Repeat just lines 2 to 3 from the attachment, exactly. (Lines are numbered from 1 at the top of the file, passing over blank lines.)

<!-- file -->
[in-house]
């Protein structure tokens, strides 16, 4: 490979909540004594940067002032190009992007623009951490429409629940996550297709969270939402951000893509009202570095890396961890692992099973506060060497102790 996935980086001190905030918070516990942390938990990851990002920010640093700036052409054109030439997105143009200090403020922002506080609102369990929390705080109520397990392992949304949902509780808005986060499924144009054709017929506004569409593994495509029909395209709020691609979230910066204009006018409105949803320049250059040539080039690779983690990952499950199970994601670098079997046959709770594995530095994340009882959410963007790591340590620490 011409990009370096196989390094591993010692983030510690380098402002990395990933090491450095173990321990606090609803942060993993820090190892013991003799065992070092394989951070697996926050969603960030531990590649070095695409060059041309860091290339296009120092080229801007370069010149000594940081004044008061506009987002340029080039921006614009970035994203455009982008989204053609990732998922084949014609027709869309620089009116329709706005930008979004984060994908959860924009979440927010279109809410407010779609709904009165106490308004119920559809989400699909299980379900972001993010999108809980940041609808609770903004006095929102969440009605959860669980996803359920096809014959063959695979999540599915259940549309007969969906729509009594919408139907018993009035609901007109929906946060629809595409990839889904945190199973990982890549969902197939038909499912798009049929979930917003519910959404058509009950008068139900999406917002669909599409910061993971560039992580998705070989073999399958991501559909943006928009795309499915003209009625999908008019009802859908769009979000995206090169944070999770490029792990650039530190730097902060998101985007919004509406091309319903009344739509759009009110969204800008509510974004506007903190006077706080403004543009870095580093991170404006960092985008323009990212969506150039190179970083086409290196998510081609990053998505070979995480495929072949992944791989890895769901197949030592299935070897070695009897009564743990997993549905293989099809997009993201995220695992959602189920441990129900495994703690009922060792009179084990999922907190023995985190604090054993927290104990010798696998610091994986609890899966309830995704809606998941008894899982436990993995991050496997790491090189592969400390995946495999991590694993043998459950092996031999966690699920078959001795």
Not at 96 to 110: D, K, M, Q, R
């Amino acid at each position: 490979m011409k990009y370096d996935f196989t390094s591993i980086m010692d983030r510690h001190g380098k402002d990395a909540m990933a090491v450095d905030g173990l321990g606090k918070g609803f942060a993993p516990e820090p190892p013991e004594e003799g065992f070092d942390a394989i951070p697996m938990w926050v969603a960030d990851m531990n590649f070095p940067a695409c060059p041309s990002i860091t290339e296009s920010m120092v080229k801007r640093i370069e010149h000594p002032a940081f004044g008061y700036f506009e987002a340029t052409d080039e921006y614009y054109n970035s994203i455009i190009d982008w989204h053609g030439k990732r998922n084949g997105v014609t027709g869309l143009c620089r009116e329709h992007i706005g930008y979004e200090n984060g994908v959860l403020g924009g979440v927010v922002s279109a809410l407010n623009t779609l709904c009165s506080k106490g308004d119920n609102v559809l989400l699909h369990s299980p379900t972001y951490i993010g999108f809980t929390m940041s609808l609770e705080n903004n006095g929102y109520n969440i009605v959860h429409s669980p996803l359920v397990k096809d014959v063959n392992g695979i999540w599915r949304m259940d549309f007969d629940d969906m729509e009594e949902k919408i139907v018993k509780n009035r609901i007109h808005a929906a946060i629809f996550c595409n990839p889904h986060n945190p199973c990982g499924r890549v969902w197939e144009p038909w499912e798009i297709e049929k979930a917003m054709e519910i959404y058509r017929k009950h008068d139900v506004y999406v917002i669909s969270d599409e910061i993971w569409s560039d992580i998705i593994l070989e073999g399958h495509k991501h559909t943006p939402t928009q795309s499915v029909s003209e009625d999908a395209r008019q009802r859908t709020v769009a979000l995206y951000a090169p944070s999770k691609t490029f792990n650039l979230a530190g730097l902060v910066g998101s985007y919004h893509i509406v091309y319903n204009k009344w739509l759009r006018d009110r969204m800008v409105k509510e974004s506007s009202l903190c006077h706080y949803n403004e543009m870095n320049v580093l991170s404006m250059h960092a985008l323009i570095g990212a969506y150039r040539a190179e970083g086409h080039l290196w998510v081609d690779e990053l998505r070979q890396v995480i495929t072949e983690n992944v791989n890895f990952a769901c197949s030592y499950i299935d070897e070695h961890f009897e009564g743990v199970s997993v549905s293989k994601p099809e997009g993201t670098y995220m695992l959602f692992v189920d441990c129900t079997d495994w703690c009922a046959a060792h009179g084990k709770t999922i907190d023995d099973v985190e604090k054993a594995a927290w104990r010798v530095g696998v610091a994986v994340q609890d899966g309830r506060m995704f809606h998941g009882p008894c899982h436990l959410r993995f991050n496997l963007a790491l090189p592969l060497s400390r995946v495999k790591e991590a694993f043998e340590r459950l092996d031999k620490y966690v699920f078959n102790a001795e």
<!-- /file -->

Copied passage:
């Protein structure tokens, strides 16, 4: 490979909540004594940067002032190009992007623009951490429409629940996550297709969270939402951000893509009202570095890396961890692992099973506060060497102790 996935980086001190905030918070516990942390938990990851990002920010640093700036052409054109030439997105143009200090403020922002506080609102369990929390705080109520397990392992949304949902509780808005986060499924144009054709017929506004569409593994495509029909395209709020691609979230910066204009006018409105949803320049250059040539080039690779983690990952499950199970994601670098079997046959709770594995530095994340009882959410963007790591340590620490 011409990009370096196989390094591993010692983030510690380098402002990395990933090491450095173990321990606090609803942060993993820090190892013991003799065992070092394989951070697996926050969603960030531990590649070095695409060059041309860091290339296009120092080229801007370069010149000594940081004044008061506009987002340029080039921006614009970035994203455009982008989204053609990732998922084949014609027709869309620089009116329709706005930008979004984060994908959860924009979440927010279109809410407010779609709904009165106490308004119920559809989400699909299980379900972001993010999108809980940041609808609770903004006095929102969440009605959860669980996803359920096809014959063959695979999540599915259940549309007969969906729509009594919408139907018993009035609901007109929906946060629809595409990839889904945190199973990982890549969902197939038909499912798009049929979930917003519910959404058509009950008068139900999406917002669909599409910061993971560039992580998705070989073999399958991501559909943006928009795309499915003209009625999908008019009802859908769009979000995206090169944070999770490029792990650039530190730097902060998101985007919004509406091309319903009344739509759009009110969204800008509510974004506007903190006077706080403004543009870095580093991170404006960092985008323009990212969506150039190179970083086409290196998510081609990053998505070979995480495929072949992944791989890895769901197949030592299935070897070695009897009564743990997993549905293989099809997009993201995220695992959602189920441990129900495994703690009922060792009179084990999922907190023995985190604090054993927290104990010798696998610091994986609890899966309830995704809606998941008894899982436990993995991050496997790491090189592969400390995946495999991590694993043998459950092996031999966690699920078959001795």
Not at 96 to 110: D, K, M, Q, R